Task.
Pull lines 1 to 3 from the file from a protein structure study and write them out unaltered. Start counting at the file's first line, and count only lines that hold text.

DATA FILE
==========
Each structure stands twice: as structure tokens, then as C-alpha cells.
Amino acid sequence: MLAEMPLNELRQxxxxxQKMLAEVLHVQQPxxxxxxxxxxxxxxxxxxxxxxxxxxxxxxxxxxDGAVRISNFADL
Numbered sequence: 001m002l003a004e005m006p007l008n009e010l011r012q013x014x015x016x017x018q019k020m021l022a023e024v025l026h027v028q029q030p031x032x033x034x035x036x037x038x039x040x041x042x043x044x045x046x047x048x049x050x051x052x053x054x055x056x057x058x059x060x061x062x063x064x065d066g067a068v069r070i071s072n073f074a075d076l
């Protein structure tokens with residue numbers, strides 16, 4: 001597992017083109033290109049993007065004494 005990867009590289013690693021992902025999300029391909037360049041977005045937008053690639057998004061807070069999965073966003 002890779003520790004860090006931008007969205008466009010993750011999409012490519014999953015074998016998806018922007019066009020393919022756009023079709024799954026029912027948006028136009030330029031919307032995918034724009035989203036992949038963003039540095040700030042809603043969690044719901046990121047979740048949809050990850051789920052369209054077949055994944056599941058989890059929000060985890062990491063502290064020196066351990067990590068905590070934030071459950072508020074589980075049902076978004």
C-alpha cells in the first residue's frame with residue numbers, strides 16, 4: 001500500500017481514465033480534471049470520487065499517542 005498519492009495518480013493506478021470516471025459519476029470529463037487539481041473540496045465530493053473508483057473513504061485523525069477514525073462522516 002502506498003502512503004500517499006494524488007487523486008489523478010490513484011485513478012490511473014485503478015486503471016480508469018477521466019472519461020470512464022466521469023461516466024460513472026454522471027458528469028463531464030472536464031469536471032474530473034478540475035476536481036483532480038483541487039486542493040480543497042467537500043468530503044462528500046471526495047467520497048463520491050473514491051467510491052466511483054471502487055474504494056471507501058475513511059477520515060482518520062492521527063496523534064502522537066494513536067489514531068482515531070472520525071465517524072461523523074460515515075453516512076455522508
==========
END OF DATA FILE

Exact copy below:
Each structure stands twice: as structure tokens, then as C-alpha cells.
Amino acid sequence: MLAEMPLNELRQxxxxxQKMLAEVLHVQQPxxxxxxxxxxxxxxxxxxxxxxxxxxxxxxxxxxDGAVRISNFADL
Numbered sequence: 001m002l003a004e005m006p007l008n009e010l011r012q013x014x015x016x017x018q019k020m021l022a023e024v025l026h027v028q029q030p031x032x033x034x035x036x037x038x039x040x041x042x043x044x045x046x047x048x049x050x051x052x053x054x055x056x057x058x059x060x061x062x063x064x065d066g067a068v069r070i071s072n073f074a075d076l